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This webpage reproduces an article in
American Journal of Philology
Vol. 48, No. 1 (Jan.‑Mar. 1927), pp1‑9.

The text is in the public domain.

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and I believe it to be free of errors.
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p1 Marks of Quantity in the Monumentum Antiochenum

In a paper published in the Proceedings of the American Philosophical Society, LXI (1922), pp87 ff., I considered "The Use of Devices for Indicating Vowel Length in Latin" in the Monumentum Ancyranum, as well as in some other inscriptions. The new Monumentum Antiochenum of the Res Gestae Divi Augusti, published by Dr. Robinson in A. J. P. XLVII, pp1 ff., offers some interesting new material.

Before turning to this new material, a few words about the terminology of one of these devices would seem to be in place, since the usage of scholars differs widely. As to the I longa, used to designate long i, there seems to be general agreement. The mark used to indicate long quantity in the other vowels usually has the form of an acute accent. It was for a time supposed to be an accent, and although that idea was soon given up, the term "accent" is still applied to it by scholars who are perfectly well aware of its real purpose. By Latin epigraphists it is ordinarily called an "apex," a name which has the authority of Quintilian, Isidore, and several of the Roman grammarians. The only objection to the use of that term — if it be an objection — is that "apex" is applied by the Greek epigraphists to quite a different thing. Thus the Roberts-Gardner Introduction to Greek Epigraphy, under Inscriptions of Attica, pp. xv ff., says of certain letters: "The open ends of strokes and the angles where two strokes join are adorned with what are called apices, that is to say, minute cuts set at an angle of 45° to the main strokes, usually one on each side; where two p2strokes meet, the apices sometimes take the form of a prolongation of each of the strokes." There are numerous examples of a similar use of the term by Greek epigraphists; in fact, it may be said to be a regular usage.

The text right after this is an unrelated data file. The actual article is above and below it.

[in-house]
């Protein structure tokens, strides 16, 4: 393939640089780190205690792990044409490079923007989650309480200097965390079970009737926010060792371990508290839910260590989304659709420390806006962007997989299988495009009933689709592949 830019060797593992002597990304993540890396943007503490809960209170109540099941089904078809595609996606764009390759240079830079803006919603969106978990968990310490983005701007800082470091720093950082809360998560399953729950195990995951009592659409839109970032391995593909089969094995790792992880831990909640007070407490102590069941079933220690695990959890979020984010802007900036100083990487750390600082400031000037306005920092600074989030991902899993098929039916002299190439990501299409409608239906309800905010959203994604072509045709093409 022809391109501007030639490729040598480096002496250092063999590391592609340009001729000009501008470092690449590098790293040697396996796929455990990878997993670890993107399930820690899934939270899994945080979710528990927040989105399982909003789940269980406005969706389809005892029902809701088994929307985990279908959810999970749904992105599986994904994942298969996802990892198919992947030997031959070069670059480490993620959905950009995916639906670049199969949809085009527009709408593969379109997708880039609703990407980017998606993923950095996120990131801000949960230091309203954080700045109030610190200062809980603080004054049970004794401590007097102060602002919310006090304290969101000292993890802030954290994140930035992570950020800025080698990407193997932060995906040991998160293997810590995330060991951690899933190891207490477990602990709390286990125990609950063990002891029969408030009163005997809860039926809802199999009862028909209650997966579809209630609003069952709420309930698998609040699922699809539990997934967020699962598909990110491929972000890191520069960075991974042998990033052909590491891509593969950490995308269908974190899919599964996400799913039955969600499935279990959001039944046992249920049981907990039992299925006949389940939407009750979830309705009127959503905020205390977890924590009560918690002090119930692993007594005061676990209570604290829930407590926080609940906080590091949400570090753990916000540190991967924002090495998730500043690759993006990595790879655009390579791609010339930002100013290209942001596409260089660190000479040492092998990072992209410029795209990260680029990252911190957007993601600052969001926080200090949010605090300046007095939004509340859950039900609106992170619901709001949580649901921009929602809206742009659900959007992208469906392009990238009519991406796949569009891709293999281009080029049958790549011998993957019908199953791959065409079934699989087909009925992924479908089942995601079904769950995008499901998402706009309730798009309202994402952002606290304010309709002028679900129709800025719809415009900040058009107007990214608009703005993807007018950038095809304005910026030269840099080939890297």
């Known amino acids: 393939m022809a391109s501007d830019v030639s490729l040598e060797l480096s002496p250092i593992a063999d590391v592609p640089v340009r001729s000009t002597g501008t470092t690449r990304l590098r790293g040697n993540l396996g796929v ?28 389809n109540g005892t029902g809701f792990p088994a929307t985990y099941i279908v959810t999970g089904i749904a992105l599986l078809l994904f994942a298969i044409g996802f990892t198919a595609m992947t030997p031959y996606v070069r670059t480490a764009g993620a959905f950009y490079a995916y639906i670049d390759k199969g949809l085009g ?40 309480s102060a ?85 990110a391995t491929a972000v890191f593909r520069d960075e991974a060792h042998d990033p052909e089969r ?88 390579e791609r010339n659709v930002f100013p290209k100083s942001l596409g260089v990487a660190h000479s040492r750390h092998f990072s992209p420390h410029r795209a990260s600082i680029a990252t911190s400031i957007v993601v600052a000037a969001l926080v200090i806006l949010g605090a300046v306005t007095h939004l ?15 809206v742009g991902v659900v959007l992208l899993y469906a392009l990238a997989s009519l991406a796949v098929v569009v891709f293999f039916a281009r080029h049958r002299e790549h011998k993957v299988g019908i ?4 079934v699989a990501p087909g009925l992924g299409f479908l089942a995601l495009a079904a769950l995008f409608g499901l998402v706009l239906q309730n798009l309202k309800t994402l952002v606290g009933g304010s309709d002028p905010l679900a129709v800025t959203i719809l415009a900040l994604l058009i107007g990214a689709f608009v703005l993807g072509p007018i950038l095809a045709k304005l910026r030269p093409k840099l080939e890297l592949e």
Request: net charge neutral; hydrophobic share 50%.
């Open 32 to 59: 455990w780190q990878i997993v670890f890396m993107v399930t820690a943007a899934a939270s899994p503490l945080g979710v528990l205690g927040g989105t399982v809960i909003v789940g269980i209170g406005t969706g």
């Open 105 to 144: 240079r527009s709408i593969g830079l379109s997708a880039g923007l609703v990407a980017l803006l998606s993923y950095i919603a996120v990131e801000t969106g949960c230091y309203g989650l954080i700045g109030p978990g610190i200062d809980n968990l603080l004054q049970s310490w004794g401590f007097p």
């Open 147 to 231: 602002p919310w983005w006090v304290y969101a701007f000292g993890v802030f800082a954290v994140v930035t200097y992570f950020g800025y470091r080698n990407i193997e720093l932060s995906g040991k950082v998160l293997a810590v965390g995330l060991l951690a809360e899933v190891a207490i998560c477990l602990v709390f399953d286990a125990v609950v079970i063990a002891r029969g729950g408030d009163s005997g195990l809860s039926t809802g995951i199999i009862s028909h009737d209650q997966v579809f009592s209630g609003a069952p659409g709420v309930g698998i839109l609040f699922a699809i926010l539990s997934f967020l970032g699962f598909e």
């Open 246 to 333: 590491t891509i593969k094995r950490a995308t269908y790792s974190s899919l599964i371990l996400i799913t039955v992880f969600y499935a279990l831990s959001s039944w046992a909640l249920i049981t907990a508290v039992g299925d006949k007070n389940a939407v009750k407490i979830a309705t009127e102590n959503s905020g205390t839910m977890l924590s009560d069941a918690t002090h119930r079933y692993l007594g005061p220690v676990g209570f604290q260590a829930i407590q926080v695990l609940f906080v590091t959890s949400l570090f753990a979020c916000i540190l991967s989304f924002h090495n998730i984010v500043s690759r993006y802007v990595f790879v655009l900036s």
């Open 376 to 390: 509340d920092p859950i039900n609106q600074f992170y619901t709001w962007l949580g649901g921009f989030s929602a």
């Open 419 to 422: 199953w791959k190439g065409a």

Important as these ornaments (if we may call them so) often are in determining the date of an inscription, they seem to have received but scant attention from Latin epigraphists. Ricci, Epigrafia Latina, p57, mentions them in these words: "Verso la fine del IIo secolo e durante il IIIo le lettere subiscono la forma che loro vuol dare talora l' artifice, e appaiono o troppo lunghe o con apici alle estremità." On p45 Ricci uses the word "apex" also to designate the mark over a long vowel. Sandys in his Latin Epigraphy has "apex" in his Index with a reference only to its use as a designation of quantity, and apparently makes no mention at all of the "ornaments" referred to above. Egbert, Latin Inscriptions, p63, in describing the different forms of the letter N, says that it was "at first unornamented, afterwards having partial ornamentation, and finally. . . becoming fully ornamented." Here he is obviously referring to what the Greek epigraphists call apices but he does not use that term. In describing the letter M he again uses the indefinite expression "ornamented," but also (p62) calls such ornaments cornua. The equivalent of cornua (κεραία) occurs in Greek as a designation of the so‑called "apex," and cornua itself is used by Isidore (Orig. XVI.27.5), as well as in three glosses, de extremis partibus litterarum; see T. L. L. IV.970.57. The palaeographers frequently use the term "finials" for such ornaments, and either that name or cornua might well be generally adopted, both to avoid confusion, and also because "apex" (originally "top") is not properly applied to marks at the ends of horizontal lines, or at the bottom of vertical ones. But the attempt to reform grammatical nomenclature is notoriously a difficult matter.